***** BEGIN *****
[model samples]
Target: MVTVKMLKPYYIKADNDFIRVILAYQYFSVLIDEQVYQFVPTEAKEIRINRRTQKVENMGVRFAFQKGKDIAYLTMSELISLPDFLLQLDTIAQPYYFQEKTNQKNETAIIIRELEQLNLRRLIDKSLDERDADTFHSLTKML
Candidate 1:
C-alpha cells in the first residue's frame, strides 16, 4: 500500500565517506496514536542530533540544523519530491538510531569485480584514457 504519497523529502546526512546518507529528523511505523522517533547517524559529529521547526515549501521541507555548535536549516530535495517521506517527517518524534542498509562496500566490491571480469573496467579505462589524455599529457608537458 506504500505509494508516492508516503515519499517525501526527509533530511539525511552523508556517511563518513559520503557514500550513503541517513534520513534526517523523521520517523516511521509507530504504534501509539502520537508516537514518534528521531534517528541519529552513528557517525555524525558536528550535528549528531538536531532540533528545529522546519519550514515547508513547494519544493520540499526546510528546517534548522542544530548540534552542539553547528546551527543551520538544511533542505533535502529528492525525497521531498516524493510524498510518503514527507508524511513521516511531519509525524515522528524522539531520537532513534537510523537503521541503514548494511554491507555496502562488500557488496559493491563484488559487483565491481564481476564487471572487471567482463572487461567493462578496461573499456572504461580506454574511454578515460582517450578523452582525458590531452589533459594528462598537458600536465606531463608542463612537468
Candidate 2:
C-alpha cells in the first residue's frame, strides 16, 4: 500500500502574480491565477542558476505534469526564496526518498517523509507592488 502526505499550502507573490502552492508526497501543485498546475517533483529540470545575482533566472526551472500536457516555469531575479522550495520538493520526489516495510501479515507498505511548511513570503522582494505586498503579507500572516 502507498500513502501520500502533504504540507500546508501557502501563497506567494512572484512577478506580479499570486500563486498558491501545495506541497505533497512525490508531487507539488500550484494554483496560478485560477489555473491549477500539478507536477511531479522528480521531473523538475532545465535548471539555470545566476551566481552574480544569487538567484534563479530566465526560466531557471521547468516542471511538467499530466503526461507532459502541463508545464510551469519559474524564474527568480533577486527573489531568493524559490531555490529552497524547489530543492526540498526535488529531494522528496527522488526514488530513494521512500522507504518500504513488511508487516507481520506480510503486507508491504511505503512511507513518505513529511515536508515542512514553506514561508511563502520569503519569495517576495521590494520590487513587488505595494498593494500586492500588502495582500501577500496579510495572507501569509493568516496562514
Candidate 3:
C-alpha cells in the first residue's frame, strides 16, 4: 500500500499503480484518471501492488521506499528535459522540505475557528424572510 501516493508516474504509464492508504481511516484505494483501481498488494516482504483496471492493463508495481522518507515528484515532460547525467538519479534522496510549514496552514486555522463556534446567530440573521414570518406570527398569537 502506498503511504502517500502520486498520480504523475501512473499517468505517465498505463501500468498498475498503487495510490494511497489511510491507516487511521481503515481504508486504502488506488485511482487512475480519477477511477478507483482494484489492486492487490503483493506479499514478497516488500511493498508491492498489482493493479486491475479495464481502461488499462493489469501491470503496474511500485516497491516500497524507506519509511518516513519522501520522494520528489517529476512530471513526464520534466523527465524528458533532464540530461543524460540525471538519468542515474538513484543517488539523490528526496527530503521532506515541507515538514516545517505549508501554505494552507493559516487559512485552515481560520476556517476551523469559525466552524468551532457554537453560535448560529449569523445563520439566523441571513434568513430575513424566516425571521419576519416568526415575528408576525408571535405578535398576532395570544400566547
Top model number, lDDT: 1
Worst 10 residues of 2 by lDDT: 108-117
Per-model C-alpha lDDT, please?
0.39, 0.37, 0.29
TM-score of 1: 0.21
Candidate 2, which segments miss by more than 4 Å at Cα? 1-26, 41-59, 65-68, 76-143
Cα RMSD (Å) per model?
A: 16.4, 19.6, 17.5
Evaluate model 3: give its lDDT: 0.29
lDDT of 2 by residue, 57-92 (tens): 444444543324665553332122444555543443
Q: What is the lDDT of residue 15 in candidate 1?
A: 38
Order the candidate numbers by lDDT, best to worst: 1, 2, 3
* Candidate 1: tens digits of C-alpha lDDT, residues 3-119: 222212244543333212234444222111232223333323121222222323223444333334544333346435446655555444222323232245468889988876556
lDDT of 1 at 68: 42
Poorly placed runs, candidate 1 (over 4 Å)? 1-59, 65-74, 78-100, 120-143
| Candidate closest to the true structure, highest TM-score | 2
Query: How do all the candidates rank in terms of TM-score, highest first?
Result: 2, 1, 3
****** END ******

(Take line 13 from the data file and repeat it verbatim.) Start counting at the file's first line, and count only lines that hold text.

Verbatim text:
TM-score of 1: 0.21